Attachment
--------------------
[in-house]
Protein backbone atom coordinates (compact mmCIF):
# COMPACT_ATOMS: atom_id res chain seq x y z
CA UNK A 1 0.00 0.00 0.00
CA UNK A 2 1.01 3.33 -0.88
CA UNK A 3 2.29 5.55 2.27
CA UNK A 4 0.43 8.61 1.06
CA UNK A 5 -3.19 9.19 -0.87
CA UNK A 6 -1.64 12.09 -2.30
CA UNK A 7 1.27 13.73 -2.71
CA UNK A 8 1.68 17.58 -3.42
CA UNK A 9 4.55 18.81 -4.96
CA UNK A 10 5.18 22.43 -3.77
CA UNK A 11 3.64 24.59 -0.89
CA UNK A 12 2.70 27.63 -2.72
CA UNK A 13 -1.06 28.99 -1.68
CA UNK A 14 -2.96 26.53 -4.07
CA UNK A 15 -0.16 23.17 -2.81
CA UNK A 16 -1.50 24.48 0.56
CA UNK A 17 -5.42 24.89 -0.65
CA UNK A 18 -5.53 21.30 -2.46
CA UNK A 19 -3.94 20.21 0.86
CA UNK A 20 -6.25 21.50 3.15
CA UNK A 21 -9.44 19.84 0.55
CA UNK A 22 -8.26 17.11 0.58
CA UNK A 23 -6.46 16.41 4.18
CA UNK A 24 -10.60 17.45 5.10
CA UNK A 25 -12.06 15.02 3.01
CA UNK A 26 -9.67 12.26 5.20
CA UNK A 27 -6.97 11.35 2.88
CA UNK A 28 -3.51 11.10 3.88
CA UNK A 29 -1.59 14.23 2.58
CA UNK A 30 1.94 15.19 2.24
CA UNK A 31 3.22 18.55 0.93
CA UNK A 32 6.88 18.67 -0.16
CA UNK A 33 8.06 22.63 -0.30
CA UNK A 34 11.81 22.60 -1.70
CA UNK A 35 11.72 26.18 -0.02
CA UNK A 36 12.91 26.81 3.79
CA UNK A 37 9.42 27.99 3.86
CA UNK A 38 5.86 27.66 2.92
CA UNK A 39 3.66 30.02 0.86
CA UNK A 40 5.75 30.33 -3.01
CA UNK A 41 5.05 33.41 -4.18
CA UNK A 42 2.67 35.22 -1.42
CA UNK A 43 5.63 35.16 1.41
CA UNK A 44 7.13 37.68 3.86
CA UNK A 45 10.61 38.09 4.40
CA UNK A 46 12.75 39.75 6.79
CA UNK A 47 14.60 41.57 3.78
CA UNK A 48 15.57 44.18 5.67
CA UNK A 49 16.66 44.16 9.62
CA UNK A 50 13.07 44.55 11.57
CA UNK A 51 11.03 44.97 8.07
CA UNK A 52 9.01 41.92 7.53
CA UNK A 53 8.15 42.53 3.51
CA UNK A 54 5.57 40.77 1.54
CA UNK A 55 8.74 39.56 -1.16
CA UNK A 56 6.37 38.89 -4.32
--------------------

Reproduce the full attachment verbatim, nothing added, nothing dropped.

[in-house]
Protein backbone atom coordinates (compact mmCIF):
# COMPACT_ATOMS: atom_id res chain seq x y z
CA UNK A 1 0.00 0.00 0.00
CA UNK A 2 1.01 3.33 -0.88
CA UNK A 3 2.29 5.55 2.27
CA UNK A 4 0.43 8.61 1.06
CA UNK A 5 -3.19 9.19 -0.87
CA UNK A 6 -1.64 12.09 -2.30
CA UNK A 7 1.27 13.73 -2.71
CA UNK A 8 1.68 17.58 -3.42
CA UNK A 9 4.55 18.81 -4.96
CA UNK A 10 5.18 22.43 -3.77
CA UNK A 11 3.64 24.59 -0.89
CA UNK A 12 2.70 27.63 -2.72
CA UNK A 13 -1.06 28.99 -1.68
CA UNK A 14 -2.96 26.53 -4.07
CA UNK A 15 -0.16 23.17 -2.81
CA UNK A 16 -1.50 24.48 0.56
CA UNK A 17 -5.42 24.89 -0.65
CA UNK A 18 -5.53 21.30 -2.46
CA UNK A 19 -3.94 20.21 0.86
CA UNK A 20 -6.25 21.50 3.15
CA UNK A 21 -9.44 19.84 0.55
CA UNK A 22 -8.26 17.11 0.58
CA UNK A 23 -6.46 16.41 4.18
CA UNK A 24 -10.60 17.45 5.10
CA UNK A 25 -12.06 15.02 3.01
CA UNK A 26 -9.67 12.26 5.20
CA UNK A 27 -6.97 11.35 2.88
CA UNK A 28 -3.51 11.10 3.88
CA UNK A 29 -1.59 14.23 2.58
CA UNK A 30 1.94 15.19 2.24
CA UNK A 31 3.22 18.55 0.93
CA UNK A 32 6.88 18.67 -0.16
CA UNK A 33 8.06 22.63 -0.30
CA UNK A 34 11.81 22.60 -1.70
CA UNK A 35 11.72 26.18 -0.02
CA UNK A 36 12.91 26.81 3.79
CA UNK A 37 9.42 27.99 3.86
CA UNK A 38 5.86 27.66 2.92
CA UNK A 39 3.66 30.02 0.86
CA UNK A 40 5.75 30.33 -3.01
CA UNK A 41 5.05 33.41 -4.18
CA UNK A 42 2.67 35.22 -1.42
CA UNK A 43 5.63 35.16 1.41
CA UNK A 44 7.13 37.68 3.86
CA UNK A 45 10.61 38.09 4.40
CA UNK A 46 12.75 39.75 6.79
CA UNK A 47 14.60 41.57 3.78
CA UNK A 48 15.57 44.18 5.67
CA UNK A 49 16.66 44.16 9.62
CA UNK A 50 13.07 44.55 11.57
CA UNK A 51 11.03 44.97 8.07
CA UNK A 52 9.01 41.92 7.53
CA UNK A 53 8.15 42.53 3.51
CA UNK A 54 5.57 40.77 1.54
CA UNK A 55 8.74 39.56 -1.16
CA UNK A 56 6.37 38.89 -4.32